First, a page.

Frank Herbert's Dune series is one of the grandest epics in the annals of imaginative literature. Selling millions of copies worldwide, it is science fiction's answer to The Lord of the Rings, a brilliantly imaginative epic of high adventure, unforgettable characters, and immense scope. Decades after Herbert's original novels, the Dune saga was continued by Frank Herbert's son, Brian Herbert, an acclaimed SF novelist in his own right, in collaboration with Kevin J. Anderson. Their New York Times bestselling trilogy, Dune: House Atreides, Dune: House Harkonnen, and Dune: House Corrino, formed a prequel to the classic Herbert series that was acclaimed by reviewers and readers alike. Now Herbert and Anderson, working from Frank Herbert's own notes, reveal a pivotal epoch in the history of the Dune universe, the chapter of the saga most eagerly anticipated by readers: The Butlerian Jihad. Throughout the Dune novels, Frank Herbert frequently referred to the long-ago war in which humans wrested their freedom from ""thinking machines."" At the publisher's request, this title is being sold without Digital Rights Management software (DRM) applied.
The sands of time have not diminished the impact Dune has had on the evolution of SF, and this new prequel by Frank Herbert's son and bestseller Anderson, following 2001's Dune: House Corrino (the concluding volume of their "House" trilogy), offers the kind of intricate plotting and philosophical musings that would make the elder Herbert proud. Reaching back into the beginnings of Arrakis, the authors show us Selim, a boy cast out by his tribe who discovers how to ride the fearsome giant sandworms. Selim tastes and learns the visionary power of the magical spice, melange, and how the future of Arrakis hinges on who controls it. At the same time, on planets far removed from the desolate dunes of Arrakis, others are involved in a Great Revolt. Free League World humans, led by Tercero Xavier Harkonnen and Serena Butler of Salusa Secundus, battle Omnius, a computer "evermind" intent on extending its dominion. The ominous Omnius seeks to conquer all planets not yet incorporated into his Synchronized Worlds system with the help of servile robotic extensions and colleagues, including Erasmus, a Thinking Machine "Hannibal Lecter" whose whimsical Mr. Spock-ish meditations enliven the proceedings immeasurably. Throughout, key revelations regarding the Zensunni Wanderers and their fight for freedom and other historical Dune elements lend an air of discovery to this fast-paced tale. (Sept. 24) Forecast: A $250,000 marketing campaign, including a national author tour and SF convention appearances, should launch this one onto bestseller lists. Copyright 2002 Cahners Business Information. -- PUBLISHERS WEEKLY.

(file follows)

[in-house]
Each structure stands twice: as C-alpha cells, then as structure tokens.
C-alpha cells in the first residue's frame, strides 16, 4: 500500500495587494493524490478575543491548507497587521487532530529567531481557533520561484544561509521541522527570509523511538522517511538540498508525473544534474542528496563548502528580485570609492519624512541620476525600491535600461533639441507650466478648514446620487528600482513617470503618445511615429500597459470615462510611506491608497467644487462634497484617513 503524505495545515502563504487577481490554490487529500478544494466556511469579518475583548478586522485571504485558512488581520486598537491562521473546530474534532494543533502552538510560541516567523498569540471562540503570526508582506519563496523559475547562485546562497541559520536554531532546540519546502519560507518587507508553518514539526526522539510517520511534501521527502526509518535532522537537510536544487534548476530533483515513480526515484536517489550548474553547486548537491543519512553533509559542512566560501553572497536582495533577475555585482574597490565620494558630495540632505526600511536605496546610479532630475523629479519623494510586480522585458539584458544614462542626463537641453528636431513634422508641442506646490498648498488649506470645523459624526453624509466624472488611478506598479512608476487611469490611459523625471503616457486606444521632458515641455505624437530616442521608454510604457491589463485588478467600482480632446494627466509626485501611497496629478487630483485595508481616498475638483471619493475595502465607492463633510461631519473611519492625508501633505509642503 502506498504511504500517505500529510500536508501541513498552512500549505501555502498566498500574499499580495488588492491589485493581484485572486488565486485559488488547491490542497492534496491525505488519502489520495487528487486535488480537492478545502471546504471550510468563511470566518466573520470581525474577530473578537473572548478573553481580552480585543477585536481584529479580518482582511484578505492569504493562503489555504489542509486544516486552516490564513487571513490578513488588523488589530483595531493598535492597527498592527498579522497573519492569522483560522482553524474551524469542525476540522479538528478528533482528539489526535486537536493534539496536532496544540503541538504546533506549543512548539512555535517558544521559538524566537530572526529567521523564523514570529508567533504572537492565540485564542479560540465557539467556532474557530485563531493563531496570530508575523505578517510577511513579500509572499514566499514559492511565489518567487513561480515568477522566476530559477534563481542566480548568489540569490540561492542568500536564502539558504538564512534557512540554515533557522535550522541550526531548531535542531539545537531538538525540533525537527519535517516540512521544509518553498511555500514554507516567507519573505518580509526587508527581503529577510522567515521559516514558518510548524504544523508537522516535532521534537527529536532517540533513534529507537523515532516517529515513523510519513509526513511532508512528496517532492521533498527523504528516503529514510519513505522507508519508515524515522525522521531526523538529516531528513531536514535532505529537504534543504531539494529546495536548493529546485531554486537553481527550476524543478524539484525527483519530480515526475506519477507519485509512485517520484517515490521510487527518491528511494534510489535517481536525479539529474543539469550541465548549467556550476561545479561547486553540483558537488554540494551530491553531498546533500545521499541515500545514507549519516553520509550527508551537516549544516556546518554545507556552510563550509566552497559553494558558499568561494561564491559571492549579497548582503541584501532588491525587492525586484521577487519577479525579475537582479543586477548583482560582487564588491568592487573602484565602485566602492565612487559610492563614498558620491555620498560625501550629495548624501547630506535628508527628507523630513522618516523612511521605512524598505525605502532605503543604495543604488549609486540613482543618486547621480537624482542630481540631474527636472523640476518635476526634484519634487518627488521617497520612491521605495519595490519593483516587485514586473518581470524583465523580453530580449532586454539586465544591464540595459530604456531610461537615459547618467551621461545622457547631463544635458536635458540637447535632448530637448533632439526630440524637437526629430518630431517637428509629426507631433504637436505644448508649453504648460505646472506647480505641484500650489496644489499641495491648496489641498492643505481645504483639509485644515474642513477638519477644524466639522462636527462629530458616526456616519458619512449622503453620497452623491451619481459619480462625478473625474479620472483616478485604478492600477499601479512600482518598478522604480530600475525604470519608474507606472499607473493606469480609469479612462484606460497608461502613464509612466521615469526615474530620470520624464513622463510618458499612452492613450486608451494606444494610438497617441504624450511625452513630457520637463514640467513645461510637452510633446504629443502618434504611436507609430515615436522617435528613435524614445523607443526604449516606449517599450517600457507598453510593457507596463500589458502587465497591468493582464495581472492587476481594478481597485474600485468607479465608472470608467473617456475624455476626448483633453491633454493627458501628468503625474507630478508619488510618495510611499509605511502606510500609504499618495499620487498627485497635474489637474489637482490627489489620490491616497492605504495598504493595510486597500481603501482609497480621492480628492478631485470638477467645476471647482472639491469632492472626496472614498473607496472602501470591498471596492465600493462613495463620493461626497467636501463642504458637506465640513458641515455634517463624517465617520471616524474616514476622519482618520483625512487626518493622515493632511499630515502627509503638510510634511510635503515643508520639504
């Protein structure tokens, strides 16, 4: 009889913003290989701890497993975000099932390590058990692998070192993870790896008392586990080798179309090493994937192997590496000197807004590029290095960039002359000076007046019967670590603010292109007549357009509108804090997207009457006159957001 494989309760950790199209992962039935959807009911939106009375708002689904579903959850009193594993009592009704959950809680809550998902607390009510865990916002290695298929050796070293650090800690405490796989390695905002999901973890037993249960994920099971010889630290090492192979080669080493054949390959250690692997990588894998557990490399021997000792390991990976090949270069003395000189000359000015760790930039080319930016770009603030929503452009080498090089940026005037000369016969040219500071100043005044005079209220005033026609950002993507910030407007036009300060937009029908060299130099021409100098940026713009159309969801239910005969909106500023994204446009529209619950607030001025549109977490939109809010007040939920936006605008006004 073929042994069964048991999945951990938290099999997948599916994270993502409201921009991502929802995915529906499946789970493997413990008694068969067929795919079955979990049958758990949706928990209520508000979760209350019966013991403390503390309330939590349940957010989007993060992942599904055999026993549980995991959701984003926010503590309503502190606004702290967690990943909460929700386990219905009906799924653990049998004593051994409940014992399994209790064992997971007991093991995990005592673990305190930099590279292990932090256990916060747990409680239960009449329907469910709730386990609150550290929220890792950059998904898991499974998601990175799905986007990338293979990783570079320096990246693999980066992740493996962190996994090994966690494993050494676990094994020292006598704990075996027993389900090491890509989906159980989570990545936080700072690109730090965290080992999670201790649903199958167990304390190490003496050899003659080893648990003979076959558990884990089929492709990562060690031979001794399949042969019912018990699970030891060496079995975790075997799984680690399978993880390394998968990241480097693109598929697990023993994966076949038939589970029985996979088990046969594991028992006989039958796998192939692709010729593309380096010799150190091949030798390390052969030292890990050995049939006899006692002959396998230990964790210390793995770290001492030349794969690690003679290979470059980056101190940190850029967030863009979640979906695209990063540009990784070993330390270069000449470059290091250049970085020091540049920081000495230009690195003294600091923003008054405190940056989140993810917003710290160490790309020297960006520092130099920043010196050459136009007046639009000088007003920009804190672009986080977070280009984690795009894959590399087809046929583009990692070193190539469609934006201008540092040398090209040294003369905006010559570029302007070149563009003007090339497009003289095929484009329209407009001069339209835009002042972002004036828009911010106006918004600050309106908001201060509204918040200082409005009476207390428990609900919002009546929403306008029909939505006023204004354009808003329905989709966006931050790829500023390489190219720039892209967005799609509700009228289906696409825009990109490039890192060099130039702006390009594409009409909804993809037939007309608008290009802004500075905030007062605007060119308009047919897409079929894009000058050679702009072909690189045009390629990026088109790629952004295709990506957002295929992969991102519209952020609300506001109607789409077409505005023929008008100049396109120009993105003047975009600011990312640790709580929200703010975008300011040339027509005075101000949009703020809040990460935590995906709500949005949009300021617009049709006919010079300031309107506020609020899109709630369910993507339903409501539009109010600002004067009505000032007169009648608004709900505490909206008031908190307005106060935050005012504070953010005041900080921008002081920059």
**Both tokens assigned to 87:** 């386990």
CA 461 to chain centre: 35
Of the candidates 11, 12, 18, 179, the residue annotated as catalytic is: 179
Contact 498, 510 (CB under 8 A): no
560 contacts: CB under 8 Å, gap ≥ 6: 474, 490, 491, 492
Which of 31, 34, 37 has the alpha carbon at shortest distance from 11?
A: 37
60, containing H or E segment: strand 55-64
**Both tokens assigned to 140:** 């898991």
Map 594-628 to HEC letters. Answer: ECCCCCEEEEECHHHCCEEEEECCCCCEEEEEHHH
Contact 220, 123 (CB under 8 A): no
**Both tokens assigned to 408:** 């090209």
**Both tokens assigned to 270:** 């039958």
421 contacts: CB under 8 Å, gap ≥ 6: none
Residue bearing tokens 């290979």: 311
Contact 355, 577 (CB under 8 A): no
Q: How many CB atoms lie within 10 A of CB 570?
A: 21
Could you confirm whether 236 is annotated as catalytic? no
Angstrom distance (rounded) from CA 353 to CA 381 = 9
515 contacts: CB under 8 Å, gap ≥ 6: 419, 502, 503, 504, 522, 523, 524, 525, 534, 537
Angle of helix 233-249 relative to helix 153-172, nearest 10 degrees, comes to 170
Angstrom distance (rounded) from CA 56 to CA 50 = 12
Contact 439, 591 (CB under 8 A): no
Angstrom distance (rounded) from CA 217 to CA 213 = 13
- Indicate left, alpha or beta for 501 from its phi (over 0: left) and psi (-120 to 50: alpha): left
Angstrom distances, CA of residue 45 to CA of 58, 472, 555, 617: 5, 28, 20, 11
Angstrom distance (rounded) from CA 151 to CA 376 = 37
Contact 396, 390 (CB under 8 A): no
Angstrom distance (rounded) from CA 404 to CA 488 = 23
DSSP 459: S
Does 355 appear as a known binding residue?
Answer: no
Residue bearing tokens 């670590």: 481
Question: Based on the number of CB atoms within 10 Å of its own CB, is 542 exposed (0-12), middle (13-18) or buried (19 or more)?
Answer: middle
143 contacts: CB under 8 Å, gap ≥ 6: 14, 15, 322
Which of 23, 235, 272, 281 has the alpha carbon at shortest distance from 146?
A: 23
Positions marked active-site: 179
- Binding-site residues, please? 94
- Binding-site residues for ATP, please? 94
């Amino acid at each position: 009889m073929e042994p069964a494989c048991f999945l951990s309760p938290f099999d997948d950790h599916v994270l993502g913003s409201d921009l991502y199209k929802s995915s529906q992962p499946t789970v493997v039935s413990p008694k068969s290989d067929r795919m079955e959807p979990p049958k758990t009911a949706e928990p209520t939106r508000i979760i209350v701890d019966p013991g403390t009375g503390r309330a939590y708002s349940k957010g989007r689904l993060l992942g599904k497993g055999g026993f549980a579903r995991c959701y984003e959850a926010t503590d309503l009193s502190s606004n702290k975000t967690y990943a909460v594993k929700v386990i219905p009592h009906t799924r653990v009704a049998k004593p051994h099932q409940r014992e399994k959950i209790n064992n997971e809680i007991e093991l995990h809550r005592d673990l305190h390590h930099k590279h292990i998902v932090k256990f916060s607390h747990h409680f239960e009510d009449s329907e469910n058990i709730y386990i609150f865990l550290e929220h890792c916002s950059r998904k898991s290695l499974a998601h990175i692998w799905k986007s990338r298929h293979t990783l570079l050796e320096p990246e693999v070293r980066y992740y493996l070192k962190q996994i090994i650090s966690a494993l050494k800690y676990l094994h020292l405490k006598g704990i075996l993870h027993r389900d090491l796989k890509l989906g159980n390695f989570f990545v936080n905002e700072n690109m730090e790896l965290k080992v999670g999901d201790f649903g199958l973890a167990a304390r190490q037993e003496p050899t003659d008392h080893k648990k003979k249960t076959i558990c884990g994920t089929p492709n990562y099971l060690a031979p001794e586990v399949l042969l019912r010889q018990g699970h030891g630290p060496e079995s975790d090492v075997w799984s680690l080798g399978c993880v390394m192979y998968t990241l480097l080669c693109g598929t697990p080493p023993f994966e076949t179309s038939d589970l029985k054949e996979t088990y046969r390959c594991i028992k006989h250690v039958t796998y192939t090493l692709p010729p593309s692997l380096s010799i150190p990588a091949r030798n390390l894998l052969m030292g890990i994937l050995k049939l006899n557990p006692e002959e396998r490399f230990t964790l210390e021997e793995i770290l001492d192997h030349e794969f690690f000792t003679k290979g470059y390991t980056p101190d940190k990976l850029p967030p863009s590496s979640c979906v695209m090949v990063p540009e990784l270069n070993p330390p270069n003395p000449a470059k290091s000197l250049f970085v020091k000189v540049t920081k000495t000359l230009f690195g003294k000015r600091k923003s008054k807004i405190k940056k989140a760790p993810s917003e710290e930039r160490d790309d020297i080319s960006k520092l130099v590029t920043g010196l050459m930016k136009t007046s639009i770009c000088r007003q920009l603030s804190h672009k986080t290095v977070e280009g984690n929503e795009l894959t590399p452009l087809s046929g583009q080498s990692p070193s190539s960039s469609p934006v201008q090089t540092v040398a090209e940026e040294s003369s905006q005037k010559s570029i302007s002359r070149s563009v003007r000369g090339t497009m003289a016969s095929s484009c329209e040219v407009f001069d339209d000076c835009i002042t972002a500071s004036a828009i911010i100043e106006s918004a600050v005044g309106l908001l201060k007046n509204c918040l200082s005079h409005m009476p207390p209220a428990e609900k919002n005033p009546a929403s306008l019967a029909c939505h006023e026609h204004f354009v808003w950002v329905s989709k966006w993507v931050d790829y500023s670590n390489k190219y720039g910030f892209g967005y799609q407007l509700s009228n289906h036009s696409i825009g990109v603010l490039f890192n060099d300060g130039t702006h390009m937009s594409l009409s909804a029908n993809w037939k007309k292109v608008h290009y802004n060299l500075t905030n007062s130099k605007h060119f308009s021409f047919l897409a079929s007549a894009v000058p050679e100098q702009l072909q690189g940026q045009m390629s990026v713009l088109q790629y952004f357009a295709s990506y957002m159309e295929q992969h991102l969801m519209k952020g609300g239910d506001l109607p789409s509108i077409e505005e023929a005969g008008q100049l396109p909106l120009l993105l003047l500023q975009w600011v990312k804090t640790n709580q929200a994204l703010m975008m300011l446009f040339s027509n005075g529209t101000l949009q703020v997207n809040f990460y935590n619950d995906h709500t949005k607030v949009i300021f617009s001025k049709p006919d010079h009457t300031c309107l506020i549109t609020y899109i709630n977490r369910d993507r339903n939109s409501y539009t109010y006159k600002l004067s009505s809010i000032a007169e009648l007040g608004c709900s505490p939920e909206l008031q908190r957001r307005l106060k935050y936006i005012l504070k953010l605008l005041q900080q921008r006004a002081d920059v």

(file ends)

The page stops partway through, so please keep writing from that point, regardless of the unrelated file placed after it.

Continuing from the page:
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September 17, 2002
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Excerpt from Dune: The Butlerian Jihad by Brian Herbert
Princess Irulan writes:
Any true student must realize that History has no beginning. Regardless of where a story starts, there are always earlier heroes and earlier tragedies.
Before one can understand Muad'Dib or the current jihad that followed the overthrow of my father, Emperor Shaddam IV, one must understand what we fight against. Therefore, look more than ten thousand years into our past, ten millennia before the birth of Paul Atreides.
It is there that we see the founding of the Imperium, how an emperor rose from the ashes of the Battle of Corrin to unify the bruised remnants of humanity. We will delve into the most ancient records, into the very myths of Dune, into the time of the Great Revolt, more commonly known as the Butlerian Jihad.
The terrible war against thinking machines was the genesis of our political-commercial universe. Hear now, as I tell the story of free humans rebelling against the domination of robots, computers, and cymeks. Observe the basis of the great betrayal that made mortal enemies of House Atreides and House Harkonnen, a violent feud that continues to this day. Learn the roots of the Bene Gesserit Sisterhood, the Spacing Guild and their Navigators, the Swordmasters of Ginaz, the Suk Medical School, the Mentats. Witness the lives of oppressed Zensunni Wanderers who fled to the desert world of Arrakis, where they became our greatest soldiers, the Fremen.
Such events led to the birth and life of Muad'Dib.